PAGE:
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We’re currently featuring three new stories on the homepage.
First is Robert Mickens’s latest Letter from Rome, in which he writes on what’s likely to be a “long and forceful campaign by church officials to defend” the canonization of Junípero Serra, on the behind-the-scenes work to launch the Holy Year of Mercy, and on photographic evidence of a female archbishop inside the Vatican. Read the whole thing here.
Kudos to Robert Cowan for saying that the objections that scuttled Governor Andrew Cuomo’s plan to pay for college classes for prison inmates were “shortsighted.” By refusing to fund what these politicians sardonically labeled “Attica University,” they show themselves penny-wise but pound-foolish, as well as ostrich-like in their refusal to see some basic facts.
In a March 2014 interview, Pope Francis was given an opportunity to comment on the sexual-abuse scandal, a subject he had said remarkably little about since his election. Acknowledging the “deep wounds” suffered by victims, Francis went on to defend the church as the only public institution to address such crimes “with transparency and responsibility.” No one else has done more, he continued, and yet “the church is the only one to be attacked.”
After months of grueling negotiations, Iran and six world powers, led by the United States, have “agreed to come to an agreement” regarding Iran’s nuclear program. Economic sanctions put in place by the UN, the EU, and the United States will be lifted once it is verified that Iran has dismantled those elements of its nuclear industry that can readily be turned to the production of a nuclear weapon.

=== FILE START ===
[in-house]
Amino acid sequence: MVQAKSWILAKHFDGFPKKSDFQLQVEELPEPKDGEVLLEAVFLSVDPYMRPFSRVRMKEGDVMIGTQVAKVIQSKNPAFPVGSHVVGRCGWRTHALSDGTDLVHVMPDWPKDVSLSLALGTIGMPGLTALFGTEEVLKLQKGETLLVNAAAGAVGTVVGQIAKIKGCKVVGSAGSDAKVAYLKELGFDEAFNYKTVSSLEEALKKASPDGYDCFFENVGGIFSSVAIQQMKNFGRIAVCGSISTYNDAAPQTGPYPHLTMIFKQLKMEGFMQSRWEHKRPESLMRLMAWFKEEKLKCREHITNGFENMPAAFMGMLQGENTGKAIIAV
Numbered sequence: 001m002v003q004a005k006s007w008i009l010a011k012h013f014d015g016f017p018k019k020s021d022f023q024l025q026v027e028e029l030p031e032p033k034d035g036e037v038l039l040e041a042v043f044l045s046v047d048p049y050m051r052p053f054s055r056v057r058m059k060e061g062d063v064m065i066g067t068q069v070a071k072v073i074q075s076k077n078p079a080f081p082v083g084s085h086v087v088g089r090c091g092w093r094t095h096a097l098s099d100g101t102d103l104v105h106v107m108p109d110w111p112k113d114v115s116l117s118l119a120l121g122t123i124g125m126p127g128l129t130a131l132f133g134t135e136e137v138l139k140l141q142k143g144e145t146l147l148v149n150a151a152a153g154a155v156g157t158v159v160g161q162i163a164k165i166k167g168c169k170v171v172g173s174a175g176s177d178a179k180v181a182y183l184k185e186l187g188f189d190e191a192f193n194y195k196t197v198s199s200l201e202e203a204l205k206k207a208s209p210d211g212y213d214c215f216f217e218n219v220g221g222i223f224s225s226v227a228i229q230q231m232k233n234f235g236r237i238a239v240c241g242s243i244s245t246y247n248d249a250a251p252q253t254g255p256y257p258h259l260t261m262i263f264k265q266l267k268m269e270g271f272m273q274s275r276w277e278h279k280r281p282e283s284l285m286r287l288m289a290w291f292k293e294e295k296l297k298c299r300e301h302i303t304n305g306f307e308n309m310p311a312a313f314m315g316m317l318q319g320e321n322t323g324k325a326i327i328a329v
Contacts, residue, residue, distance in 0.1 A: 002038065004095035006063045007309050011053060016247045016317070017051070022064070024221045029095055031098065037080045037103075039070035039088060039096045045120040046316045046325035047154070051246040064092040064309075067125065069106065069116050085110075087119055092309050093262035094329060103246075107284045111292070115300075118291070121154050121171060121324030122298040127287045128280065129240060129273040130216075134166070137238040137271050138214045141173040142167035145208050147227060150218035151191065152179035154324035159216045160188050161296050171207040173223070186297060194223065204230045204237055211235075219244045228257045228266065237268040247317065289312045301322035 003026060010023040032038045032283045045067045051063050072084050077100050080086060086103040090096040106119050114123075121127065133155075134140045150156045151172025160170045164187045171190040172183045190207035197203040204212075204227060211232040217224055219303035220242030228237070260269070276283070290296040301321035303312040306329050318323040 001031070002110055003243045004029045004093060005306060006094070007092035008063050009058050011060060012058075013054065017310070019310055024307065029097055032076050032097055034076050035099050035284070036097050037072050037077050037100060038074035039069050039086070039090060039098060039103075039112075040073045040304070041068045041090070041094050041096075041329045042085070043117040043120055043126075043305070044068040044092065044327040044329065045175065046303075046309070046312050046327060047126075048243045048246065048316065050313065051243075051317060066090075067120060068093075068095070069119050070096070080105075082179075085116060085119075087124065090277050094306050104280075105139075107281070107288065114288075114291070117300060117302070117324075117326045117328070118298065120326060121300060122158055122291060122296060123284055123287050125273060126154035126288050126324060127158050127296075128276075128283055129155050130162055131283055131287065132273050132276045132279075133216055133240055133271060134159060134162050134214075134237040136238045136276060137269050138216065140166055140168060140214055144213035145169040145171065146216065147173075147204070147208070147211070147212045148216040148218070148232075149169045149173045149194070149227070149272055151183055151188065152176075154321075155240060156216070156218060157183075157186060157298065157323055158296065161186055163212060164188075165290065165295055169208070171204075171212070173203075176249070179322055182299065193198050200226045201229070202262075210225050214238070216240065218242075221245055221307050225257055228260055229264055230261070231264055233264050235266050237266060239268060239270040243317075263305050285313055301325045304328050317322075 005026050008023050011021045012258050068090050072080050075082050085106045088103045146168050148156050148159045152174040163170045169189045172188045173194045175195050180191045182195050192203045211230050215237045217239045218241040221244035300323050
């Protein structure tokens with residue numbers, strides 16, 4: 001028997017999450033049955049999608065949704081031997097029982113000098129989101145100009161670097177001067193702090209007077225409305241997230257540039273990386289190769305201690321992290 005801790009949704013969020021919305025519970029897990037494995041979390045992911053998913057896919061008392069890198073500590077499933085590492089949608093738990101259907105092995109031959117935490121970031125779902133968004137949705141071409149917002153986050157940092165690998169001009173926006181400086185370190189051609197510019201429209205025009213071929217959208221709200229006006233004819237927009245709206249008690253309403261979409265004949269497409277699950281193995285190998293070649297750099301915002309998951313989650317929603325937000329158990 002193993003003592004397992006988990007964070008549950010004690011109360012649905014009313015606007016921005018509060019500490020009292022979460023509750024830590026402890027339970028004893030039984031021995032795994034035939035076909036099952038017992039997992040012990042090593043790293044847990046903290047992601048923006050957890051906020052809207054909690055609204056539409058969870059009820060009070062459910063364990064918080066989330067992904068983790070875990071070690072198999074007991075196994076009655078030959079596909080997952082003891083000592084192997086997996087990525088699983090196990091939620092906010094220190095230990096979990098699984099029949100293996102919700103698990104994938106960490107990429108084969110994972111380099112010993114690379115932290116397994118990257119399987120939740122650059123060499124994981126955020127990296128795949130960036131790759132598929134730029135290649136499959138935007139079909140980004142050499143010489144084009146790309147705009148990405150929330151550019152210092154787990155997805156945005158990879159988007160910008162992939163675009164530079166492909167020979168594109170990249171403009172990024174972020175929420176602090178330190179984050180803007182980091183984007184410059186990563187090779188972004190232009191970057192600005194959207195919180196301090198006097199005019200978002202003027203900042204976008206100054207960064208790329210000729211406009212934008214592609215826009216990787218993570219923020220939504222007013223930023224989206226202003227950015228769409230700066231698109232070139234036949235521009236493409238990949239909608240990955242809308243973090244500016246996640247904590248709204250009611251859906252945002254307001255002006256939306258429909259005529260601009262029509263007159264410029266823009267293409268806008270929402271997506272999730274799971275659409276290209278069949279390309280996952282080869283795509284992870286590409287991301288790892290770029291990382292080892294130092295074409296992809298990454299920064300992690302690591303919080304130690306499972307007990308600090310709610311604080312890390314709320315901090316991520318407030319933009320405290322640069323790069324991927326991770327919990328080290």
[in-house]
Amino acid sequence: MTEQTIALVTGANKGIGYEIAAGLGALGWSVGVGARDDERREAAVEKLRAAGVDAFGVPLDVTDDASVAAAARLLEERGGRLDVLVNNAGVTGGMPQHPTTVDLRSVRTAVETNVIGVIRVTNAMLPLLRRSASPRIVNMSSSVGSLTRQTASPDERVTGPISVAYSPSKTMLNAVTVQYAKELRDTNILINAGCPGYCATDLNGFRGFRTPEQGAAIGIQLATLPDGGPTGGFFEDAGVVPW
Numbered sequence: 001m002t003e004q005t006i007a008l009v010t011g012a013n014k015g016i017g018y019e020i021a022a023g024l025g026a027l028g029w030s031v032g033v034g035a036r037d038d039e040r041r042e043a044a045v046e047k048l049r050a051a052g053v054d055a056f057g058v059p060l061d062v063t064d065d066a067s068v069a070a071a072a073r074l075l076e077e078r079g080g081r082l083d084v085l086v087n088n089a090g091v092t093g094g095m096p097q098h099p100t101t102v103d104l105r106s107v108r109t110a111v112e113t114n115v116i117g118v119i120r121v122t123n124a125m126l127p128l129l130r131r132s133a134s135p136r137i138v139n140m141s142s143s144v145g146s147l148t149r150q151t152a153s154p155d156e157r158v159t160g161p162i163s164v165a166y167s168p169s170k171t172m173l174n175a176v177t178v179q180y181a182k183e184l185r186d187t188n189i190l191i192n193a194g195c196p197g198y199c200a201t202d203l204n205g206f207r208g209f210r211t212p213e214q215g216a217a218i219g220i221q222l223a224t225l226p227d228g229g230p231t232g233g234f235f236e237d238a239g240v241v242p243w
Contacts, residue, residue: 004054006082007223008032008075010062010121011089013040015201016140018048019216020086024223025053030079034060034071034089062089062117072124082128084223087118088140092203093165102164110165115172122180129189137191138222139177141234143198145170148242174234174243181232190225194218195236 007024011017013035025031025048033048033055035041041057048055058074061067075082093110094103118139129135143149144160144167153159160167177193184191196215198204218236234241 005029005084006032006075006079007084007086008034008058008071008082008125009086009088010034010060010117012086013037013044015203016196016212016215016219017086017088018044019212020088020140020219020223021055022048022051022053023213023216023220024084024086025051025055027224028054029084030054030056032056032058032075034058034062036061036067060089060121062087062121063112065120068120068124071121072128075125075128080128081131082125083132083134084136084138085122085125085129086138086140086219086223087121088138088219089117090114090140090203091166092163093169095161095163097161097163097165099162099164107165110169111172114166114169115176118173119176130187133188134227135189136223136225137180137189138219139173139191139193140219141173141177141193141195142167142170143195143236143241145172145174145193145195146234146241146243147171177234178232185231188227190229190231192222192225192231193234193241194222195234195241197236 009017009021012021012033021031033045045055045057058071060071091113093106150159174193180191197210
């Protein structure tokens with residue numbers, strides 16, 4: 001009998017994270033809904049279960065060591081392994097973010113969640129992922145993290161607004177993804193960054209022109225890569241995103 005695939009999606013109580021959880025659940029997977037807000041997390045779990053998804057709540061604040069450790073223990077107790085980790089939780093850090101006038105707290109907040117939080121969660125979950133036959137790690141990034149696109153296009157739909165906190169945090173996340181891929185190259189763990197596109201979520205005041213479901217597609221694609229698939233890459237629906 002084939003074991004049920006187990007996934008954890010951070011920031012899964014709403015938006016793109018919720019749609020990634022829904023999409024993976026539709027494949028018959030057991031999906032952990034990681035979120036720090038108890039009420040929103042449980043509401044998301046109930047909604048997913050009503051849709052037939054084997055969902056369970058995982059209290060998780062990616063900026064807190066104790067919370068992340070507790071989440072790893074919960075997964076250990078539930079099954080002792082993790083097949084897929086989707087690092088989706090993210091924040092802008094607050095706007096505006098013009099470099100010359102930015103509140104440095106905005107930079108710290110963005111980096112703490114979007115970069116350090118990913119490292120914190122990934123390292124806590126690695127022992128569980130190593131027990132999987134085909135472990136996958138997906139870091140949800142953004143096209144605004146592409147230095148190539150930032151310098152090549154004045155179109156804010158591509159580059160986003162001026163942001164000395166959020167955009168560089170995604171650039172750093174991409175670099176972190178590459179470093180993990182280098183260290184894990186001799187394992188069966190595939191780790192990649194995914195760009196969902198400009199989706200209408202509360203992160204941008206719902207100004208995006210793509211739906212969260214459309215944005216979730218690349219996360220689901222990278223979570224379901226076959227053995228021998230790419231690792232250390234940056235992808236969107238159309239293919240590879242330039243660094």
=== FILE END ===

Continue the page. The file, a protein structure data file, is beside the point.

Featured right now on the website: Robert Mickens's latest Letter from Rome, in which he reports on preparations for Holy Week at the Vatican (Francis will "wash the feet of inmates at the Rebibbia Detention Centre on the outskirts of Rome. And, as in the past, some of them will be women"), as well as on new comments from Cardinal Kasper on mercy, expectations for the October synod, and Francis's feelings about clericalism ("he hates it!"). Read the whole Letter from Rome here.
Democratic politics can be an ugly business. That truism seems to have been one of the guiding principles behind Benjamin Netanyahu’s campaign for re-election as Israel’s prime minister. Finding himself in a close race with a reinvigorated Labor Party, Netanyahu resorted to scare-mongering and demagoguery on what one is tempted to call an almost biblical scale. First, he got himself invited by House Speaker John Boehner to address a joint session of Congress.
Our March 20 issue is now on the website. Among the highlights:
A three-part story featuring Lisa Fullam, Marian Crowe, and Christopher C. Roberts writing on contraception and Catholic identity -- from Natural Family Planning to the difference between belief and practice to the possibility of revisiting doctrine.
Was saddened to tears to read about John Garvey’s death (“Not Ours to Mend,” February 20). I have loved his writing for years—his columns in Commonweal, his slim, elegant books. I have particularly cherished his columns for their compassion and their humor. His joy in Orthodox theology gave me a new appreciation for that rich tradition. My heart reaches out to his wife, their children, his friends and colleagues. Godspeed home, John.
San Pablo, Calif.